Hold It All

Category: Philosophy

Socrates and the Existence of Billionaires

Someone might say: “Are you not ashamed, Socrates, to have followed the kind of occupation that had led to your being now in danger of death?” However, I should be right to reply to him: “You are wrong, sir, if you think that a man who is any good at all should take into account the risk of life or death; he should look to this only in his actions, whether what he does is right or wrong, whether he is acting like a good or a bad man.” [31]

… if as I say, you were to acquit me on those terms, I would say to you: “Men of Athens, I am grateful and I am your friend, but I will obey the god rather than you, and as long as I draw breath and am able, I shall not cease to practice philosophy, to exhort you and in my usual way to point out to any one of you whom I happen to meet: ‘Good Sir, you are an Athenian, a citizen of the greatest city with the greatest reputation for both wisdom and power; are you not ashamed of your eagerness to possess as much wealth, reputation, and honors as possible, while you do not care for not give thought to wisdom or truth, or the best possible state of your soul?’” [32] Read the rest of this entry »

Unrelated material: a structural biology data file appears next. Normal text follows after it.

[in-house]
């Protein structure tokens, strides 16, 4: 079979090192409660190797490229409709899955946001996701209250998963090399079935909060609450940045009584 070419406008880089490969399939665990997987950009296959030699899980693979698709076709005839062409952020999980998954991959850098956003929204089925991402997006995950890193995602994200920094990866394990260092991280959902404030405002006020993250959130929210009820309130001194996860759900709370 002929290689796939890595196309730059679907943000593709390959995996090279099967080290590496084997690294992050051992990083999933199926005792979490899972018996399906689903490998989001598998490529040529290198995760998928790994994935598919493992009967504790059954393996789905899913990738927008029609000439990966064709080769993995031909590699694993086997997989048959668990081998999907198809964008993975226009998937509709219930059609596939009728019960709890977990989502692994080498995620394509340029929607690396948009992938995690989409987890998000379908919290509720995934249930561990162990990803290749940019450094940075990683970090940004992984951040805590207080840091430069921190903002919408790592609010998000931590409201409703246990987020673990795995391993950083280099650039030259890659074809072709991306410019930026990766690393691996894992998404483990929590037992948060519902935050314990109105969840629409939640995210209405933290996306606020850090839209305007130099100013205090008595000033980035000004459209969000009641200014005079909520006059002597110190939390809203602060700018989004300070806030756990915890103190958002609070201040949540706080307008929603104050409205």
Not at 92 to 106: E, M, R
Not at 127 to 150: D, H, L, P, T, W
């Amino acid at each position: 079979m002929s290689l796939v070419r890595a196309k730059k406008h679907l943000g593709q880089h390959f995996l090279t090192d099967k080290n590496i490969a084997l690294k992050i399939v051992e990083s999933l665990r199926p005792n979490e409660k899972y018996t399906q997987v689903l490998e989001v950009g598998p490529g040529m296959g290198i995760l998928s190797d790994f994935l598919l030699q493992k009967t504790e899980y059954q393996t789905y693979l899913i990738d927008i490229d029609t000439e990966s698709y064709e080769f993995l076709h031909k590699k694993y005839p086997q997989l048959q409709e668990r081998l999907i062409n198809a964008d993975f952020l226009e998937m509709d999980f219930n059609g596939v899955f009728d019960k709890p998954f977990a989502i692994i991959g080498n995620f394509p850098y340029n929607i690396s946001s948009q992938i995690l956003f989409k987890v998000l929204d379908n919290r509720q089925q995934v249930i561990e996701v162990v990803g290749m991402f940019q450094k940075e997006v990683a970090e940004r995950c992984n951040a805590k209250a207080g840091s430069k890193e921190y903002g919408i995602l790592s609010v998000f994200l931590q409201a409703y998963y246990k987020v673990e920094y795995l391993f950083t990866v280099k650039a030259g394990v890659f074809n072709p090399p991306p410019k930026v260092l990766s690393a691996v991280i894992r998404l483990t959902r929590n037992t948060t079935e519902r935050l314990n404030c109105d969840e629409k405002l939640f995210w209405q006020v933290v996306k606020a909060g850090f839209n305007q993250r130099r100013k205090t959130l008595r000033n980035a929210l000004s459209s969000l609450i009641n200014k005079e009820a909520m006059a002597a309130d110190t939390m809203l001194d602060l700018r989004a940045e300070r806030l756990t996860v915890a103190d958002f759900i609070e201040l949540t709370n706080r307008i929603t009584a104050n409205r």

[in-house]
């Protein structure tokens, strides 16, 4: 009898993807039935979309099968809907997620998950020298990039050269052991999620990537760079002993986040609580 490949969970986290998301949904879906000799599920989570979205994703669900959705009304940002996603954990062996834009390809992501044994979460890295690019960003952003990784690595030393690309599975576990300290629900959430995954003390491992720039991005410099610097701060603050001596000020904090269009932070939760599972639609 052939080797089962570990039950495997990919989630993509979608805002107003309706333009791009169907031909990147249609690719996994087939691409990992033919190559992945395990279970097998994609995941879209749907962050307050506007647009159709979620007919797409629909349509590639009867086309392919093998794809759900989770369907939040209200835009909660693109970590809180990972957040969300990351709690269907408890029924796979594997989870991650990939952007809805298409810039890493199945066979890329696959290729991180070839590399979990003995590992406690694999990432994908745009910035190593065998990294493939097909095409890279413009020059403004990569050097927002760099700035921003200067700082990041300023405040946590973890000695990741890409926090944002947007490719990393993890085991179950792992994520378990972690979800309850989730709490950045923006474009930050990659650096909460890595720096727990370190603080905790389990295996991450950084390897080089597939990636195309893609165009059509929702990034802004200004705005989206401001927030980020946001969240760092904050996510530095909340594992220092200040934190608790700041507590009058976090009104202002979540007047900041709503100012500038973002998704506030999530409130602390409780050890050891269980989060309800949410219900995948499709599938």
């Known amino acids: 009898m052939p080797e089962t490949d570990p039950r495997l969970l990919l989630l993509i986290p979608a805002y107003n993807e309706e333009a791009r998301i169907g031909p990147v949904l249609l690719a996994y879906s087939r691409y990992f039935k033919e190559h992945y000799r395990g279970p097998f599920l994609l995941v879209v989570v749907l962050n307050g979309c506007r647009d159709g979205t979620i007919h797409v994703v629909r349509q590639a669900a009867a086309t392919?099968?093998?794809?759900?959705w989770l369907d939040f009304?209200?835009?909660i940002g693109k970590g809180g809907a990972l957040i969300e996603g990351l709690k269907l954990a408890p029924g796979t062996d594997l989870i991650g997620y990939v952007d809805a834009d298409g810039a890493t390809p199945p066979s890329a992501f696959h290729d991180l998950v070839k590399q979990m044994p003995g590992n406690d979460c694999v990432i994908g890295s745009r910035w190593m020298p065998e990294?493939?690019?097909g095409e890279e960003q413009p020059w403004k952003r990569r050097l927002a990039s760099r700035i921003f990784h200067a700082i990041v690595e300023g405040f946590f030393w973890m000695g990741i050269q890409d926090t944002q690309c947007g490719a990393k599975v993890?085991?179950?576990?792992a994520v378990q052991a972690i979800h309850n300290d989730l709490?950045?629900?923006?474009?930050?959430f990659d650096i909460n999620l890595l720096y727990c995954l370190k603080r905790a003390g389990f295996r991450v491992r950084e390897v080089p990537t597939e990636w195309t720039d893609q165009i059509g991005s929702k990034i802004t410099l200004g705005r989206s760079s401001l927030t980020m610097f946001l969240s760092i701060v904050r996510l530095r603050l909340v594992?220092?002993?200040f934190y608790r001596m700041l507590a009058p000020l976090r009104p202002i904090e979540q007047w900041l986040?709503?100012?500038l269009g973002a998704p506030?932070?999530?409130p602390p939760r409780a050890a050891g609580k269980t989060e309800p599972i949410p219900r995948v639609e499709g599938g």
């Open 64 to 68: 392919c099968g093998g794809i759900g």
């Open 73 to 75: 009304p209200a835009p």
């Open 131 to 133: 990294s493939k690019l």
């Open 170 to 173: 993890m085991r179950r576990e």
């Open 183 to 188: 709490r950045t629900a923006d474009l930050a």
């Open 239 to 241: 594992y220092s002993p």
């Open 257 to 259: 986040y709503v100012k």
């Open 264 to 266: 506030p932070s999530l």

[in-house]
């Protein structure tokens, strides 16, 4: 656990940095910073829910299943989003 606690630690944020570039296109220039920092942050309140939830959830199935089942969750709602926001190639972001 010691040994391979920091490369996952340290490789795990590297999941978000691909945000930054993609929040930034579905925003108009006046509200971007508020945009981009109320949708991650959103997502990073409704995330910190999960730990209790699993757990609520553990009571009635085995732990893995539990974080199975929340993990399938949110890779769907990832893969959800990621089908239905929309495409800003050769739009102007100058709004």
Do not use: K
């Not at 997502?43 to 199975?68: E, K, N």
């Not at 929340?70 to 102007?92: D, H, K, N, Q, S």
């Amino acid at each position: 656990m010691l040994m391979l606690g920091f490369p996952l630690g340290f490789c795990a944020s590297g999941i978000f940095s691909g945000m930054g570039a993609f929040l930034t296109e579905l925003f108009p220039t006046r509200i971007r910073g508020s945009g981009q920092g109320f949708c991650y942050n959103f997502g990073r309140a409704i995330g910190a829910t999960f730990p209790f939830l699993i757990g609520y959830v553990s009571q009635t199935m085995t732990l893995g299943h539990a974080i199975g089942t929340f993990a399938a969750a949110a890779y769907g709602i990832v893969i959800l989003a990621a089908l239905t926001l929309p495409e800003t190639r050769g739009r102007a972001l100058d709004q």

Share the Wealth with Andrew Wimmer: “Where Can I Invest My Life?”

As a young graduate student, I had the good fortune to be exposed to the thinking of Bernard Lonergan. Lonergan, who died in the mid-eighties, was a Canadian Jesuit philosopher and theologian. Many of my teachers had been students of Lonergan, and through them I had my eyes and heart opened by what Lonergan called his “method.”

There is a certain mystique around the man, often lauded as the finest philosophical mind of the twentieth century, etc., etc. But he wasn’t interested in any of that, and said simply of his big work Insight, that it is “a way of asking people to discover in themselves what they are.”

And what we are, he believed, are creatures born with “a pure and unrestricted desire to know.” A desire that gets thwarted, screwed up, and shut down in all sorts of ways, but which always wells back up in us in the form of questions.

As we’re bombarded by propaganda (and so-called fake news) from every direction, we might find ourselves asking, “How the heck can I know what’s really going on?” “How can I evaluate the competing narratives?” and “What can I do about anything?” or “Where can I invest my life?”

These are Lonergan’s questions. And he offers a concrete, practical, and I would argue life-changing way of moving through them, beginning with his first precept “Be attentive!”